Plaintiff's diabetes remained uncontrolled throughout 2003 and 2004, even after he agreed to try taking insulin (Tr. 289, 294-95, 305-06, 308, 313, 314-15, 343-44, 354, 361, 378-79 (July 18, November 10, and December 12, 2003, as well as January 26, January 29, April 2, April 26, September 9 and October 8, 2004)). In November 2003, Dr. Chan advised plaintiff to begin taking insulin because, given his history of coronary artery disease, he required strict blood-sugar control (Tr. 319). Dr. Prasad agreed (Tr. 379). Plaintiff refused (Tr. 319). Subsequently, in January 2004, plaintiff agreed to try insulin, after Dr. Baskar advised him to do so (Tr. 313). However, even after plaintiff began to be prescribed insulin, Dr. Baskar repeatedly expressed or implied that plaintiff was noncompliant with his prescribed diet and medication regimens (see Tr. 294-95 (September 2004), 290 (October 2004), 283-84 (February 2005)).
In addition to his uncontrolled diabetes, plaintiff reported localized pain in certain extremities on several occasions in 2003 and 2004. In August and September 2003, both Dr. Chan and Dr. Prasad noted that plaintiff reported experiencing pain in the median nerve distribution of his right (dominant) hand, arm and wrist for two to three months, which worsened at night (Tr. 321, 354, 355-56). Dr. Chan noted that his symptoms were consistent with carpal tunnel syndrome and advised plaintiff to use a hand brace (Tr. 321). On November 5, 2003, Dr. Chan noted that plaintiff reported that he had been experiencing lower extremity pain for the past six to seven months which would occur after he had walked for three blocks (Tr. 319). Dr. Prasad noted in November 2003 that plaintiff could walk ten blocks (Tr. 378-79). In January 2004, Dr. Prasad stated that plaintiff reported steady pain unrelated to exertion, but no chest pain, and that he could walk either five to six blocks without any increase in pain (Tr. 354). Likewise, Dr. Baskar noted in January 2004 that plaintiff reported pain in both lower extremities but did not specify how far plaintiff could walk without pain (Tr. 313).
Plaintiff also reported dizziness and blurred vision on several occasions in 2003 and 2004. On three occasions in 2003 and 2004, Drs. Baskar and Prasad noted that plaintiff reported experiencing dizziness when standing up (Tr. 303-04 (June 2004: plaintiff "c[omplained] o[f] dizziness"), 328 (May 2003: plain- tiff "c[omplained] o[f] dizziness . . . upon getting up"), 355-56 (August 2003: plaintiff "occasionally fe[lt] dizziness on standing [up]")). Dr. Chan did not note whether plaintiff experienced dizziness. In January and March 2004, Dr. Baskar also stated that plaintiff complained of blurred vision (Tr. 311-12, 313).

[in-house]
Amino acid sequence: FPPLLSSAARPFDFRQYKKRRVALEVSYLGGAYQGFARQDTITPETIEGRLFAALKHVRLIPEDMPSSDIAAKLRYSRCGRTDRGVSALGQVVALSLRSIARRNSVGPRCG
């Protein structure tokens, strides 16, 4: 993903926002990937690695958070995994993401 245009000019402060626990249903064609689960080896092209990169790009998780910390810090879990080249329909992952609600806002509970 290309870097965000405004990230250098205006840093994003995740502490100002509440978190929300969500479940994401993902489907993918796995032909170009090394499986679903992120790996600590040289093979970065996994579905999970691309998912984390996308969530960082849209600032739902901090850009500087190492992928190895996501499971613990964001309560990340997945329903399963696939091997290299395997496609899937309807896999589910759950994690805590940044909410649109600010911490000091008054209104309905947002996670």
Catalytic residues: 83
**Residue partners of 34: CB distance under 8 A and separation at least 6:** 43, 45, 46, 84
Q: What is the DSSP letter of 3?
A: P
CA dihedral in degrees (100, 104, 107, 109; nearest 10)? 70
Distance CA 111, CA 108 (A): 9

Dr. Chan completed a questionnaire concerning plain-tiff's RFC on November 12, 2003, apparently at the request of the Commissioner (Tr. 165-68). Dr. Chan stated that plaintiff was capable of lifting no more than ten pounds frequently, which the questionnaire defined as "occurring one-third to two-thirds of an 8-hour workday (cumulative, not continuous)" due to his history of coronary artery disease (Tr. 165). Dr. Chan further noted that plaintiff's abilities to sit, stand, walk, push, pull, reach, handle, manipulate objects with his fingers, feel, see, hear and speak were not affected by his impairment, and that plaintiff could climb, balance, kneel, crouch, crawl and stoop frequently (Tr. 166-67). Although the questionnaire instructed that it was "very important [for Dr. Chan] to describe the factors that support[ed] [her] assessment [because the Commissioner was] required to consider the extent to which [her] assessment [was] supported" (Tr. 165), Dr. Chan did not give any further information concerning the medical findings supporting her assessments (Tr. 165-66).
Dr. Baskar, who had been treating plaintiff every one to two months since May 16, 2003, also completed a questionnaire concerning plaintiff's RFC on January 29, 2004, apparently at plaintiff's request (Tr. 370-75). Dr. Baskar diagnosed plaintiff with Type II diabetes mellitus,*fn11 coronary artery disease, high blood pressure and high blood cholesterol, and noted that his prognosis was fair (Tr. 370). Dr. Baskar stated that plaintiff experienced the following symptoms associated with his diabetes: fatigue, general malaise, pain and numbness in his extremities, episodic blurriness in his vision, excessive thirst, rapid heart beat or chest pain, dizziness or loss of balance, hyperglycemic and hypoglycemic ...